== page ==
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Basic Breakdown

Pans vs Tubes

Basic Breakdown Blog - Pans vs Tubes

 

Watercolour painting is one of the three main painting methods available to the modern artist with the others being oil and acrylic. Of the three mediums it is perhaps the most accessible but least forgiving. Extremely popular with hobbyists, illustrators and fine artists alike. Watercolour paint is found in two distinct formats, this blog aims to highlight the differences between them and provide a reasonable explanation for the use of both. 

What is paint?

 

Before we compare the difference, we must understand what paint actually is - Paint in its simplest form is merely colour and glue added together to make a paste or block of colour. This paste can then be applied to a surface. Watercolour paint is more specifically made by mixing pigment with gum arabic and a small amount of glycerin. 

 

 

Is the paint in pans and tubes the same?

Yes, once the paint mixture is together it can then be put into tubes where it retains the paste like consistency or left to dry, before being cut into small rectangles called pans.The paint within a pan and a tube is identical and would produce near enough the same effects when used.

 

If the paint is the same, what is the difference between them?

Typically those who mix their own colours would use tubes as the direct application of colour is crucial in maintaining specific colour mixes. For many it is easier to squeeze the desired amount of colour from a tube rather than pick it up from a pan. Additionally most modern companies favour tube watercolours over pans.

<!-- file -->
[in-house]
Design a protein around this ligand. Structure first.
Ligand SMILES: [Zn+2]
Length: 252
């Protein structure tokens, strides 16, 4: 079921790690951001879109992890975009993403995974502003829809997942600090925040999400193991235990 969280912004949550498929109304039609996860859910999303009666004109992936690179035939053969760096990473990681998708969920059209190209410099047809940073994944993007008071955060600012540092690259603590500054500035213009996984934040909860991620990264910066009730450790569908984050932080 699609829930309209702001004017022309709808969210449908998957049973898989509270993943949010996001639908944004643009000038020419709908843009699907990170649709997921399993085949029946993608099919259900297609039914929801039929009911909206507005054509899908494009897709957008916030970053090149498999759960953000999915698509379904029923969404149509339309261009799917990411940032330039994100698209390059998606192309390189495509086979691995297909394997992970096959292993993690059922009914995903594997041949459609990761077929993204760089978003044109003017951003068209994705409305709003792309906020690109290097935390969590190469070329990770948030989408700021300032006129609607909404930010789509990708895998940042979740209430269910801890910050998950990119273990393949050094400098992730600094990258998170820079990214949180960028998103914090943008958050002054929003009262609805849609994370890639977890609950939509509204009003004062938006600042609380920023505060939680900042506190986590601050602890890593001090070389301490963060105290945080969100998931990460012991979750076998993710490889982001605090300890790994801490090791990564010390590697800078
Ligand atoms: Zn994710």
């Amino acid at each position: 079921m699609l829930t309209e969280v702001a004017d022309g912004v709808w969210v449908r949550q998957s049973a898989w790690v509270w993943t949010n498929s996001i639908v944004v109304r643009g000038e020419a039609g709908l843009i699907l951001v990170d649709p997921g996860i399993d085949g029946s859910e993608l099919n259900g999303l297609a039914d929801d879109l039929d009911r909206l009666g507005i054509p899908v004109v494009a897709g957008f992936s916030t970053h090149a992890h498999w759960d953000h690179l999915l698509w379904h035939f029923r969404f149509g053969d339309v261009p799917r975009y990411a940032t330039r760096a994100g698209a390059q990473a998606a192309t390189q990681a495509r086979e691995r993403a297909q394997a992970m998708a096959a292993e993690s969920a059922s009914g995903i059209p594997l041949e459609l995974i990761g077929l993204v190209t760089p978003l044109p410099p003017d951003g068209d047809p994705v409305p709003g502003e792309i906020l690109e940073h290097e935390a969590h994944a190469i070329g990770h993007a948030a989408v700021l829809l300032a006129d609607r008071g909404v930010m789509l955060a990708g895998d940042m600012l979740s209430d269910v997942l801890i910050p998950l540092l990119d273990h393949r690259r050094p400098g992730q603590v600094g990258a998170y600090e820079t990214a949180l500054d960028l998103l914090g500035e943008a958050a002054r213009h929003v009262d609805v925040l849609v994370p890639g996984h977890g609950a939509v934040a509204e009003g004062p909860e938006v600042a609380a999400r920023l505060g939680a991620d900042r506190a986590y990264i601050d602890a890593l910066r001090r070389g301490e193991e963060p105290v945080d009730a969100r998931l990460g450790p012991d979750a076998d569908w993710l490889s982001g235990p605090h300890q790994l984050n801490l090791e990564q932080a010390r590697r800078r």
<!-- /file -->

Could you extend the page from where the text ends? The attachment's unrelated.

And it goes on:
On the other hand, pans are quite useful in the right situations. When travelling or working plein air pans can be a useful alternative to tubes as they typically cause less mess and are easier to transport. The pans aren’t messy when dried and can be stored in specific pan cases. Most artists will customise their case with colours that match the palette they desire. This is a good way to have consistent results when working with watercolours. 

 

 

Overall pans and tubes do the same thing but in a slightly different way. It is up to the individual to determine which of the two better suits their needs and buy accordingly.


We have some high-quality watercolour products that will go with pans or tubes, Click Here to check out the range.

 

Image Credits:

Title Image - Sandra Manchester

Image 1 - Nick Collins from Pexels

Image 2 - Ylanite Kopppens from Pexels